So how could she not laugh?

I loved the creativity represented by that kind of line and used all kinds of stupid essays for more than thirty years.

Max was another student who talked a little bit too much to friends during class. So I had him write about having a giant tongue. In his essay he called Landen, the friend who lured him into sin, to inform him of his tragic condition. The essay followed the conventions of a popular Budweiser beer advertisement of that time.

Here’s part of the essay he turned in:

“Hello.” [Landen answers.]


“Hey, man. I would finish the lines in the commercial but I just gotta ask. What’s wrong with your voice?”

“Miy tung.”


“Miy tung iz big,” I said angrily.

“Oh, I see.

“Wat sod I du?”

“Gee, got me.”

“Tanks, yor no hep.” Then I hung up…..

One last example of how stupid essays worked probably deserves special mention.One day a young man got in trouble for talking during detention. I told him to write “My Life as a Cucumber.” 

The story he turned in the following day began: “I started out the first part of my life in a little cold plastic bag. The bag sat on a shelf in the store, for a long time before some one decided to buy the bag of seeds.”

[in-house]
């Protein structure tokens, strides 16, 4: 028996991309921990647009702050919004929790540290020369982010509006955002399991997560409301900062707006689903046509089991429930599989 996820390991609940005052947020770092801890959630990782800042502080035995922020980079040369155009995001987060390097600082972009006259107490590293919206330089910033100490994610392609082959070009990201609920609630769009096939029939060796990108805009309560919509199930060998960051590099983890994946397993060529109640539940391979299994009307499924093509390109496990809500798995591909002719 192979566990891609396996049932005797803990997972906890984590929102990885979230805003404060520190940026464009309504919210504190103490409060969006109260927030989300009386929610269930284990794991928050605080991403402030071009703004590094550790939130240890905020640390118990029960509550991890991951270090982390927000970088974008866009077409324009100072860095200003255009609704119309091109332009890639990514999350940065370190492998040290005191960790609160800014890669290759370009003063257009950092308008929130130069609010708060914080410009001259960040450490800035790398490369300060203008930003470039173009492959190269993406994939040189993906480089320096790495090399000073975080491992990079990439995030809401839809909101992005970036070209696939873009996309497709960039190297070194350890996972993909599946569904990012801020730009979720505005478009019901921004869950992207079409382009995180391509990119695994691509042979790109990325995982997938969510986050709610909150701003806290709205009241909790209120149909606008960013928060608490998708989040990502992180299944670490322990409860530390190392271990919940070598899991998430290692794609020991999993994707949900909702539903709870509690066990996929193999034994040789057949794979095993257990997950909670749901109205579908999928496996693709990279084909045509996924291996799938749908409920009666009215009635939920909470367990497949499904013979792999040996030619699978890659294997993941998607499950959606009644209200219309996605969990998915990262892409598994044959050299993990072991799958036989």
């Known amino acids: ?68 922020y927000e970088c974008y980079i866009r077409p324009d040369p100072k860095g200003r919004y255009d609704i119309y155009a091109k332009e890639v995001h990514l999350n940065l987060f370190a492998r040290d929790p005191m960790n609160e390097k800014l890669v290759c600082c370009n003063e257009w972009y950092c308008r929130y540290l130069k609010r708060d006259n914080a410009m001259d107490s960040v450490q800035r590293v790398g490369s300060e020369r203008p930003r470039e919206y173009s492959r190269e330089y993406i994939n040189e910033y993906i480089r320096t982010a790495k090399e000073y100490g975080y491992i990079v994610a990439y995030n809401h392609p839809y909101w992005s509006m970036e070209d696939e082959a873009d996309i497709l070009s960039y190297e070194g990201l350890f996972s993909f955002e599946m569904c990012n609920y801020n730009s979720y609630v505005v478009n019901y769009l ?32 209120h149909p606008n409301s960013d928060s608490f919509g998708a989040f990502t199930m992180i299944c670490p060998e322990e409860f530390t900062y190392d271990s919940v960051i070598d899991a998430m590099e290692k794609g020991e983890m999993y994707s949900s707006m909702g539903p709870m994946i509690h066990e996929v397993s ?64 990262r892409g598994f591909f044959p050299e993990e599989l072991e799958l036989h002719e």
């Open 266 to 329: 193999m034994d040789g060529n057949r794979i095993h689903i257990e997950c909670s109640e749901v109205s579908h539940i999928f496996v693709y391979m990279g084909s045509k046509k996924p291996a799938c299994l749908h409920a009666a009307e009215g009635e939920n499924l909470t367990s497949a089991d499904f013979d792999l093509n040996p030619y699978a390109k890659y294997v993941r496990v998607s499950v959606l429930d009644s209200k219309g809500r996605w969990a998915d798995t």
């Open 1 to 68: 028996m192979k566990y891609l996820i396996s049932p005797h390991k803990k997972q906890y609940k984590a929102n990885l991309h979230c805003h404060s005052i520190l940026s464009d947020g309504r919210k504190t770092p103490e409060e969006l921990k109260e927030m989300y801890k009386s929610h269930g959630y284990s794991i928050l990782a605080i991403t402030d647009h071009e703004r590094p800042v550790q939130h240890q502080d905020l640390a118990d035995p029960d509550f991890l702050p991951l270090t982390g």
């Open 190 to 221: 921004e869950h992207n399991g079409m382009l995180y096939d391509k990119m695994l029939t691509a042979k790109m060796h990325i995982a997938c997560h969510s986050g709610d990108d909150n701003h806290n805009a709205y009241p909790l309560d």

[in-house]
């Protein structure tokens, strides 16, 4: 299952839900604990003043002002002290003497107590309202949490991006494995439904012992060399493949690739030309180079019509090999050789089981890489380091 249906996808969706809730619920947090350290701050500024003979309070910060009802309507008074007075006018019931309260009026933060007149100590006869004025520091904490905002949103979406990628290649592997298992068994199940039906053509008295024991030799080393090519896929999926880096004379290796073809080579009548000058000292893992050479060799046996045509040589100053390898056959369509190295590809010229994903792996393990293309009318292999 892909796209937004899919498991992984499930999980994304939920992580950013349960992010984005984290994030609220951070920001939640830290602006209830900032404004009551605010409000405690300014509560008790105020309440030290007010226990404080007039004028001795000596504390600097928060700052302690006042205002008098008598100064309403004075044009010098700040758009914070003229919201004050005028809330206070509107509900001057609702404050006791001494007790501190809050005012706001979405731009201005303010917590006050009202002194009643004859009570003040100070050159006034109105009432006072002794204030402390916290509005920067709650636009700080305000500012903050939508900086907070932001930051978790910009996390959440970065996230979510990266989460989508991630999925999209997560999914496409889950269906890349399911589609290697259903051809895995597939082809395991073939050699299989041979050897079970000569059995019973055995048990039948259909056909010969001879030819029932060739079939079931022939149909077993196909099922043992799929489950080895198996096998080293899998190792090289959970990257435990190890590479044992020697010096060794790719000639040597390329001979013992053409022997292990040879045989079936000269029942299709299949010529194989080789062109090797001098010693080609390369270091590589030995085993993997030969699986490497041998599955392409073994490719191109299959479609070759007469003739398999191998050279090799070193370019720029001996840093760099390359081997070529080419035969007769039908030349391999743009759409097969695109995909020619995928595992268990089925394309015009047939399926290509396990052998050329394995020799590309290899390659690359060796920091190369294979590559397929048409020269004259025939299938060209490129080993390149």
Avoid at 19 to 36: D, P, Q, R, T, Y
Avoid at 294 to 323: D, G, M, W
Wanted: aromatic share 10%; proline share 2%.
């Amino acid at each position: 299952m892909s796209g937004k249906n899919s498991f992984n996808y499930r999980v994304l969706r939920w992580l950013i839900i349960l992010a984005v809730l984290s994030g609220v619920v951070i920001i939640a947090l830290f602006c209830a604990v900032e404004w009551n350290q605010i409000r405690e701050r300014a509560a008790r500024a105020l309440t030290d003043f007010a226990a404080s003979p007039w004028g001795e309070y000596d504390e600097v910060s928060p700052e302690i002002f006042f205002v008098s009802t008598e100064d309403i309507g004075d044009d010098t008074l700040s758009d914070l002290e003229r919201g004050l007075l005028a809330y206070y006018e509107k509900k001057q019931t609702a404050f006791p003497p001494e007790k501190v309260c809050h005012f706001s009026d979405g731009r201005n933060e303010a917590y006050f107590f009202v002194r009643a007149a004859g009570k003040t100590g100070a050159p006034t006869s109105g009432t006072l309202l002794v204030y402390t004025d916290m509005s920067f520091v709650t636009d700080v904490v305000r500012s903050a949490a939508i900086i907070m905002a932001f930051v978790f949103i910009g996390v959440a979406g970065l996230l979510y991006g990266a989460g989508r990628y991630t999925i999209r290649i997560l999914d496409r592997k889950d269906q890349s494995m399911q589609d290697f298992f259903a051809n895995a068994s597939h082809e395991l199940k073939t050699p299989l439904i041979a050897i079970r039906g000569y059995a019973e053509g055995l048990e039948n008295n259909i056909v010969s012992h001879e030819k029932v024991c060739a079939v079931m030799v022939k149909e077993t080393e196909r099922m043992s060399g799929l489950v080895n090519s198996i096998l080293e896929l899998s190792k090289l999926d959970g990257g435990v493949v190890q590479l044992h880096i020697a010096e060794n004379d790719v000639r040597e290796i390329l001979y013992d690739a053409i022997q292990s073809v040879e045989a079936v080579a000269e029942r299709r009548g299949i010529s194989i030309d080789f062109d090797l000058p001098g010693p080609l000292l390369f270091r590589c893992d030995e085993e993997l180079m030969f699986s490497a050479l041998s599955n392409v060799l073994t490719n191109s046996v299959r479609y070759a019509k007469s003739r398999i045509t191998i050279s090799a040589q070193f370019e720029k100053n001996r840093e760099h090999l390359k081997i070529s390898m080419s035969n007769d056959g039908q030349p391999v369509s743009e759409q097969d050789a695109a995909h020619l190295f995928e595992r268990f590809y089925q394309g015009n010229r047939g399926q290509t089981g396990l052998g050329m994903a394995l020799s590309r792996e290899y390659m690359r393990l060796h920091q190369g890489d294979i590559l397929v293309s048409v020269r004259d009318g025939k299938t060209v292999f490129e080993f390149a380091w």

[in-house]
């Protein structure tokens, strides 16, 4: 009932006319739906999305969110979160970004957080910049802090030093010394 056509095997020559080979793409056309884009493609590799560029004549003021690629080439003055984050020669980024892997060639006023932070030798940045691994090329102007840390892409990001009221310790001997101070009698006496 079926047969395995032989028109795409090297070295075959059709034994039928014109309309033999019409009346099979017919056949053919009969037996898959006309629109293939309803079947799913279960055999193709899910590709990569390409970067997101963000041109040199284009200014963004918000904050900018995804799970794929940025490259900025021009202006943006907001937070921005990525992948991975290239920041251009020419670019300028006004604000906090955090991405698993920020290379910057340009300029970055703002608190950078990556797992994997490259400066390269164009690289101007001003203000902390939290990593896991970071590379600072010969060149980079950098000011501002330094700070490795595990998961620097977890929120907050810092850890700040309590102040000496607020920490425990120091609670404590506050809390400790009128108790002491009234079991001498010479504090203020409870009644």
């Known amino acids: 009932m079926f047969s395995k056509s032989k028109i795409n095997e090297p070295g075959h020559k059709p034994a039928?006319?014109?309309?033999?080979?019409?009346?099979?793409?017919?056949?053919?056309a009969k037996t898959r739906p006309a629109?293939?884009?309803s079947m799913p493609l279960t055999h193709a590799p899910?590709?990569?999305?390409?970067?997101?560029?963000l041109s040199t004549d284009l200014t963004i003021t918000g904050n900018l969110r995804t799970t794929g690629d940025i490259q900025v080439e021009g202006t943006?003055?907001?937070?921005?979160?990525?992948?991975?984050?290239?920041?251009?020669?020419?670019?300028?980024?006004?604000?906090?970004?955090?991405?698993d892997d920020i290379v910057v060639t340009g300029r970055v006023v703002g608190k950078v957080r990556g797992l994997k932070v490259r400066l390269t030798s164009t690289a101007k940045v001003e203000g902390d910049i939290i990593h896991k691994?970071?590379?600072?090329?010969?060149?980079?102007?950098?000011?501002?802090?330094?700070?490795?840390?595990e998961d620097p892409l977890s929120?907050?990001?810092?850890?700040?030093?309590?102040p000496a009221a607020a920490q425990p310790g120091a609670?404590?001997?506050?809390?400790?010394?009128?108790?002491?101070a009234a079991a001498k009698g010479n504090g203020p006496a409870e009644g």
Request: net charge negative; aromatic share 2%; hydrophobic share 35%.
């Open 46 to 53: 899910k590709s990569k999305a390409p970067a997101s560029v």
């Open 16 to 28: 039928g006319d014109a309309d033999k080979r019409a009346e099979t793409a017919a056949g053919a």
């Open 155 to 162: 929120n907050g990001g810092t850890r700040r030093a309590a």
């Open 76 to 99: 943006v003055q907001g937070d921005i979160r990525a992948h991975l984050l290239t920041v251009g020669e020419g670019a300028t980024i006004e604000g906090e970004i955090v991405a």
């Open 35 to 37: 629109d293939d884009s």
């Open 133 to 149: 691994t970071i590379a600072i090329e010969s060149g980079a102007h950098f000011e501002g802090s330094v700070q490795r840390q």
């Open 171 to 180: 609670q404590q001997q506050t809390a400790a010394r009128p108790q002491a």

This essay is not particularly funny, but carried the name of the author, Brian ------. 

Only Brian’s handwriting seemed surprisingly good. Normally, his writing was an atrocious scrawl. 

I still have my notes describing what transpired next: 

“Caught Brian ------ lying today because his mother wrote his punishment essay. When I asked him about it Brian said:

1) He wrote it and she corrected it.

2) No, she wrote part of it.

3) Okay; she wrote it all.”

I had to call Mrs. ------ that evening and she offered lame defense: “I don’t see anything wrong with a mother helping a child.” 

“Nor do I,” I responded. “But you weren’t helping. You did the entire essay for him and let him off his punishment.” 

I told her Brian would have to write a different essay entirely; but if it had been in my power I would have given her a topic all her own to complete: “What Happens to a Boy when Mom is an Enabler?”

That would have been fun to read.

Tuesday, June 7, 2016

Teaching Geography to Donald Trump

I know people like to blame public schools for the problems of the nation. Kids can’t multiply. Can’t read.

Can’t whittle.